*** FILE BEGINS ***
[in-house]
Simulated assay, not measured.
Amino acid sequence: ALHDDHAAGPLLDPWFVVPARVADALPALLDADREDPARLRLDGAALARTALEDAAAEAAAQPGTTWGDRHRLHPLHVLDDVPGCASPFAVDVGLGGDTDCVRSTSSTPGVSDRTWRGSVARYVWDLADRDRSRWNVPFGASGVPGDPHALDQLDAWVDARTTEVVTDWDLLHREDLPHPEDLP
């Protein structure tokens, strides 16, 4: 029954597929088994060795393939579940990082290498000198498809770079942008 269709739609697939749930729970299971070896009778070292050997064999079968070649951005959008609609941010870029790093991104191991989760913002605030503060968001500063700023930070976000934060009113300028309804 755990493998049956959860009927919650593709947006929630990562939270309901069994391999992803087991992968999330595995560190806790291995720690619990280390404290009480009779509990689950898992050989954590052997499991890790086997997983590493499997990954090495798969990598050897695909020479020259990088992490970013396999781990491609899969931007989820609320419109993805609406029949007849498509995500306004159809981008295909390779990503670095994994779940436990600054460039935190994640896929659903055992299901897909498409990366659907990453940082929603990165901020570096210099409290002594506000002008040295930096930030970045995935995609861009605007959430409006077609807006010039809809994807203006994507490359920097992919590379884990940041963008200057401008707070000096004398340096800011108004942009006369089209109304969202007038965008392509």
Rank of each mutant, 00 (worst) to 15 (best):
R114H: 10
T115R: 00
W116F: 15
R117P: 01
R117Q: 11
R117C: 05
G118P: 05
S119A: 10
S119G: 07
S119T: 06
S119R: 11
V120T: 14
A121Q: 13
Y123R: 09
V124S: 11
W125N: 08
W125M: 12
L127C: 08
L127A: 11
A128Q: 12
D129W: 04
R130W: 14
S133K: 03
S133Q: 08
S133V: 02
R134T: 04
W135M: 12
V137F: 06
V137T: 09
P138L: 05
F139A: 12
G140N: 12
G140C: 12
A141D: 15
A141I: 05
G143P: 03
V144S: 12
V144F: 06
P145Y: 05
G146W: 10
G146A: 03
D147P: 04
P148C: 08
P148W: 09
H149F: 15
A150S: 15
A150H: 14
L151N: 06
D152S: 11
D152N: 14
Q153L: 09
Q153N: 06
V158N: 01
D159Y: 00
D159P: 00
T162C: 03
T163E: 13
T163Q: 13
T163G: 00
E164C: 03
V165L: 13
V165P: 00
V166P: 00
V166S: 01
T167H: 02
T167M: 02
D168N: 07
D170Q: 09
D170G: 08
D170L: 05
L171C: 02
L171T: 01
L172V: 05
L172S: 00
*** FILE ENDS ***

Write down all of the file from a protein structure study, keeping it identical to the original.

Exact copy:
[in-house]
Simulated assay, not measured.
Amino acid sequence: ALHDDHAAGPLLDPWFVVPARVADALPALLDADREDPARLRLDGAALARTALEDAAAEAAAQPGTTWGDRHRLHPLHVLDDVPGCASPFAVDVGLGGDTDCVRSTSSTPGVSDRTWRGSVARYVWDLADRDRSRWNVPFGASGVPGDPHALDQLDAWVDARTTEVVTDWDLLHREDLPHPEDLP
């Protein structure tokens, strides 16, 4: 029954597929088994060795393939579940990082290498000198498809770079942008 269709739609697939749930729970299971070896009778070292050997064999079968070649951005959008609609941010870029790093991104191991989760913002605030503060968001500063700023930070976000934060009113300028309804 755990493998049956959860009927919650593709947006929630990562939270309901069994391999992803087991992968999330595995560190806790291995720690619990280390404290009480009779509990689950898992050989954590052997499991890790086997997983590493499997990954090495798969990598050897695909020479020259990088992490970013396999781990491609899969931007989820609320419109993805609406029949007849498509995500306004159809981008295909390779990503670095994994779940436990600054460039935190994640896929659903055992299901897909498409990366659907990453940082929603990165901020570096210099409290002594506000002008040295930096930030970045995935995609861009605007959430409006077609807006010039809809994807203006994507490359920097992919590379884990940041963008200057401008707070000096004398340096800011108004942009006369089209109304969202007038965008392509």
Rank of each mutant, 00 (worst) to 15 (best):
R114H: 10
T115R: 00
W116F: 15
R117P: 01
R117Q: 11
R117C: 05
G118P: 05
S119A: 10
S119G: 07
S119T: 06
S119R: 11
V120T: 14
A121Q: 13
Y123R: 09
V124S: 11
W125N: 08
W125M: 12
L127C: 08
L127A: 11
A128Q: 12
D129W: 04
R130W: 14
S133K: 03
S133Q: 08
S133V: 02
R134T: 04
W135M: 12
V137F: 06
V137T: 09
P138L: 05
F139A: 12
G140N: 12
G140C: 12
A141D: 15
A141I: 05
G143P: 03
V144S: 12
V144F: 06
P145Y: 05
G146W: 10
G146A: 03
D147P: 04
P148C: 08
P148W: 09
H149F: 15
A150S: 15
A150H: 14
L151N: 06
D152S: 11
D152N: 14
Q153L: 09
Q153N: 06
V158N: 01
D159Y: 00
D159P: 00
T162C: 03
T163E: 13
T163Q: 13
T163G: 00
E164C: 03
V165L: 13
V165P: 00
V166P: 00
V166S: 01
T167H: 02
T167M: 02
D168N: 07
D170Q: 09
D170G: 08
D170L: 05
L171C: 02
L171T: 01
L172V: 05
L172S: 00